One among the many topics in Vietnamese history which scholars have not examined in much detail is a spirit writing (giáng bút) “movement” which took place in northern Vietnam at the turn of the 20th century. This was a complex phenomenon. It was an outgrowth of earlier practices associated with a type of text known as morality books (thiện thư).
Morality books were texts which had been revealed in China by spirits such as Wenchang Dijun and Guangshang Dijun. They encouraged people to live in accordance with Confucian moral standards, but they used the logic of karmic retribution to encourage people to do so, that is, if you did good things, good things would happen to you, and if you did bad things, bad things would happen to you.
People would not only attempt to follow the moral standard which these texts promoted, but they would also chant them on a daily basis in an effort to create merit for themselves.
At some point in the late nineteenth century, Vietnamese went from “reading” these texts to creating their own. They did this through spirit writing. A spirit would descend into a medium’s body, and then that person would write out the spirit’s message in a tray of sand. Someone standing next to this tray would recognize the characters and call them out, and a third person would write them down.
There were then lecturers who would read and explain these texts to assembled devotees.
After enough such pieces of spirit writing had been revealed, a book would be made by carving these texts onto woodblocks and printing them. Printing and distributing such texts was yet another way to gain merit.
The first spirits to start revealing such messages in Vietnam were male spirits, and were mainly Chinese, such as Wenchang Dijun, Guangshang Dijun and Lu Dongbin. Such “Northern” spirits, as they were called, then started to rely on “Southern” spirits to reveal their message. Here Trần Hưng Đạo took the leading role, but there were many other local spirits who assisted him.
One of the first texts revealed in northern Vietnam which included revealed messages by Trần Hưng Đạo and numerous Chinese spirits was the True Scripture for Reflecting upon Oneself (Tỉnh thân chân kinh), which was first printed in 1900 in Nam Định by the Hall for Encouraging Goodness (Khuyến Thiện Đường), a group dedicated to promoting the use of morality books.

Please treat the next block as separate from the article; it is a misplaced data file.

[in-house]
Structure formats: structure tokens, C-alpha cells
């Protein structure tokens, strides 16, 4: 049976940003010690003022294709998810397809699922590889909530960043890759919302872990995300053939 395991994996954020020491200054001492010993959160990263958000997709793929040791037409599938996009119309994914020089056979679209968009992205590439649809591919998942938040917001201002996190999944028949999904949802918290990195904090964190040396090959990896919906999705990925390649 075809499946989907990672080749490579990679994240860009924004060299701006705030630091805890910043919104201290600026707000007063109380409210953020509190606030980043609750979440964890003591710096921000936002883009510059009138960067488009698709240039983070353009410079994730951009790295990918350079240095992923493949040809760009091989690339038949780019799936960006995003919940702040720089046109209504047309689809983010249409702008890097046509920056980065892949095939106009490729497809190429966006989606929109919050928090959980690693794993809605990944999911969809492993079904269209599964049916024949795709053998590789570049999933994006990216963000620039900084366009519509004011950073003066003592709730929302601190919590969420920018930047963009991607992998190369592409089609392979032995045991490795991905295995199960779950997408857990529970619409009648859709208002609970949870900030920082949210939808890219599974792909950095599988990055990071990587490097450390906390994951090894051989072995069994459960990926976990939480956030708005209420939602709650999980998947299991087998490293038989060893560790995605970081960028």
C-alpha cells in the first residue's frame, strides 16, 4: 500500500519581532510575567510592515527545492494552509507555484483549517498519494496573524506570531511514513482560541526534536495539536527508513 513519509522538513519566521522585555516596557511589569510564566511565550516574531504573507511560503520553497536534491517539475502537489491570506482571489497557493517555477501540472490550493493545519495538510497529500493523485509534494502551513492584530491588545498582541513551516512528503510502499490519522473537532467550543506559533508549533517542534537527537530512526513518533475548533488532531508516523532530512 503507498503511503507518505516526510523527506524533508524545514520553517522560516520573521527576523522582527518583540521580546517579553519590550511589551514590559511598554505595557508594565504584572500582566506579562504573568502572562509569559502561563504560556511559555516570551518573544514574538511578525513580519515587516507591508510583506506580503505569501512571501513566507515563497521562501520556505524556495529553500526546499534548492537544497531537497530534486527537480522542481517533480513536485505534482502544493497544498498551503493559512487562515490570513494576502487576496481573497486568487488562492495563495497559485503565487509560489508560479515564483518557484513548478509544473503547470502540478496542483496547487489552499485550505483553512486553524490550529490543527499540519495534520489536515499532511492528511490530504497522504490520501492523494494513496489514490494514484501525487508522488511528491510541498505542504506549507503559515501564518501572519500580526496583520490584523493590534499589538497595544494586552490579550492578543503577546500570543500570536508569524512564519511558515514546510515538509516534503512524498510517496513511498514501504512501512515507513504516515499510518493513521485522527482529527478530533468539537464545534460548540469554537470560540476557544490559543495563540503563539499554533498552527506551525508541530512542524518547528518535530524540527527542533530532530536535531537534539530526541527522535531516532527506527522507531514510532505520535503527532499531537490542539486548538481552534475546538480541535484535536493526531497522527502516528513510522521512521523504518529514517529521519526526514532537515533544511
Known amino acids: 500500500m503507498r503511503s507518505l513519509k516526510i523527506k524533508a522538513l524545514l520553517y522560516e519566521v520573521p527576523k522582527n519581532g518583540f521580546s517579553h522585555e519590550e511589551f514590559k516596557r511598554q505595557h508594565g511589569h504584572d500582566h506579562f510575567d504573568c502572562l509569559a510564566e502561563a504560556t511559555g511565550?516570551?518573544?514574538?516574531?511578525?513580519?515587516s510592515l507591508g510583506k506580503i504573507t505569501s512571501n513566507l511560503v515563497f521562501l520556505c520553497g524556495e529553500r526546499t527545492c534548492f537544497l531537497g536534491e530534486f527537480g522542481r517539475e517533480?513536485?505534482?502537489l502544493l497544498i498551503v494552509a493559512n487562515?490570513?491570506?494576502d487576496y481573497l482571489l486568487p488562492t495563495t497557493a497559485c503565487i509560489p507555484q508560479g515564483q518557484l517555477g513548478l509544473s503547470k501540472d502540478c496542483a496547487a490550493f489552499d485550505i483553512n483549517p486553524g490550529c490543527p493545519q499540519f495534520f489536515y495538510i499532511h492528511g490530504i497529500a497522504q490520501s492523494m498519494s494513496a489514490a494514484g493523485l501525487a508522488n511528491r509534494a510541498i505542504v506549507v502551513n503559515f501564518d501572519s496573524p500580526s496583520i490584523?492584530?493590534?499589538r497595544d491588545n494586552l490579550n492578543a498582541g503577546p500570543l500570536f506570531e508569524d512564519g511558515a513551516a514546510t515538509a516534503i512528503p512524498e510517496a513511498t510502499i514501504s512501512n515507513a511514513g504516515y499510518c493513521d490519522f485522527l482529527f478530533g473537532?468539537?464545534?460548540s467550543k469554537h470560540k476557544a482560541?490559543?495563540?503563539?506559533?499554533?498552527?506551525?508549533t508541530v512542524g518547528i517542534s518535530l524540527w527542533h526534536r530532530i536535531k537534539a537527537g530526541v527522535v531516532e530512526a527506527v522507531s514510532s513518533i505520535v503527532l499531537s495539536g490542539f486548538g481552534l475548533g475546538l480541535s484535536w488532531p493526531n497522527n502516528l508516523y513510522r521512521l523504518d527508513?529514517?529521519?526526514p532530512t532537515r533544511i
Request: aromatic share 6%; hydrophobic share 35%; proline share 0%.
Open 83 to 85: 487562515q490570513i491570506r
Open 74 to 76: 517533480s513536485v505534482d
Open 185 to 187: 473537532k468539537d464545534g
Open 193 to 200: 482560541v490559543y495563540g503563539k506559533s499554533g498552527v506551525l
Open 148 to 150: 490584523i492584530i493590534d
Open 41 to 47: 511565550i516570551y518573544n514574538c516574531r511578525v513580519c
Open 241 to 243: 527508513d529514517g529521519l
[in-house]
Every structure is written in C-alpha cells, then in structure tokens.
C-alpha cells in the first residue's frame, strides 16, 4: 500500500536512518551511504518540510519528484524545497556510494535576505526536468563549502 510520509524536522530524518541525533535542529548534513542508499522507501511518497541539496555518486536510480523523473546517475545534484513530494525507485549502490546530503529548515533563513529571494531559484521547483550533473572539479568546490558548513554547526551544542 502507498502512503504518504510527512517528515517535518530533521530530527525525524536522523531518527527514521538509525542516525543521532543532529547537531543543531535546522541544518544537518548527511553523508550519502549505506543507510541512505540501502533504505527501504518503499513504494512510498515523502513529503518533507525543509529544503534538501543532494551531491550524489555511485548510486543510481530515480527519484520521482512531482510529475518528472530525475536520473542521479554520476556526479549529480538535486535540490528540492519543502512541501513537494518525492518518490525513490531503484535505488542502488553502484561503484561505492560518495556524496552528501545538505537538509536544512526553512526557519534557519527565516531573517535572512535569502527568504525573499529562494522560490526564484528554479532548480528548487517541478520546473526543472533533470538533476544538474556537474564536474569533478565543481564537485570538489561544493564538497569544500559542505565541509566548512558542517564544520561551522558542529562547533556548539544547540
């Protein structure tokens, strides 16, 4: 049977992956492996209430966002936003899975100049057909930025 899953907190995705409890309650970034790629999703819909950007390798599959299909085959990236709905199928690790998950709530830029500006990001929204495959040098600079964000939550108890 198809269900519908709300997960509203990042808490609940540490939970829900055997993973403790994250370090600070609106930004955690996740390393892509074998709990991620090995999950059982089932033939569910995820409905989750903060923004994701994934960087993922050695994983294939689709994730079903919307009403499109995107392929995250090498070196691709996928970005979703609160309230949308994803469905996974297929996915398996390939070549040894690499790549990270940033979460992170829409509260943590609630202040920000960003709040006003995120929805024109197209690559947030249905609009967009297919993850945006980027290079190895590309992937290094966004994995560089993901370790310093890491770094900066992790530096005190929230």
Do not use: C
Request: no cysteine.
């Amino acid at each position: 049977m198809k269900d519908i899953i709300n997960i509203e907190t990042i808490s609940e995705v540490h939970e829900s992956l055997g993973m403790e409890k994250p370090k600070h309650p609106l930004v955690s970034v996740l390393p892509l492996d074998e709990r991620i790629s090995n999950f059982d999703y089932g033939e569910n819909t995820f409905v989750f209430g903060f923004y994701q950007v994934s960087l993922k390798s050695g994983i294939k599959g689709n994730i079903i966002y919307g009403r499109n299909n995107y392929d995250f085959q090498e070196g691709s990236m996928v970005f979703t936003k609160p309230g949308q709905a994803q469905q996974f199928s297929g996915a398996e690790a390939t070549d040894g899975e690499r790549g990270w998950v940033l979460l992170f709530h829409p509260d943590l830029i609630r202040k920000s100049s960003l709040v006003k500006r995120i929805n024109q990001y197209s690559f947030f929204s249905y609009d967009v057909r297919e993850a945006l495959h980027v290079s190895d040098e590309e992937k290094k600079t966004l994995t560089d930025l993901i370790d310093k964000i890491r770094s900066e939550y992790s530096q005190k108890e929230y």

In the same year, this same group published another volume of revealed writings called the True Scripture in the Kingdom’s Sounds for Illuminating Goodness (Minh thiện quốc âm chân kinh). This was a collection of spirit writings which also promoted Confucian morality.
What was different about this text was that it was mainly written in Nôm, instead of classical Chinese, and the spirits who revealed these messages were women, and were led by the Holy Mother Trinity (Tam Vị Thánh Mẫu), three of the main figures in what many people now refer to as the Holy Mother Religion (Đạo Thánh Mẫu).
This True Scripture in the Kingdom’s Sounds for Illuminating Goodness was printed and distributed, but hand-copied versions of it were made and passed around as well. It was apparently in response to the many mistakes that seeped into the text in these versions that the Holy Mother Trinity received permission from the Jade Emperor to reveal the text again in 1904.
This Expanded True Scripture in the Kingdom’s Sounds for Illuminating Goodness (Tăng quảng minh thiện quốc âm chân kinh) contained the same information as the original text, and added some additional revealed writings.
From this start in Nam Định, the Holy Mother Trinity soon began to reveal messages in others parts of northern Vietnam, a topic that I will address in the next post.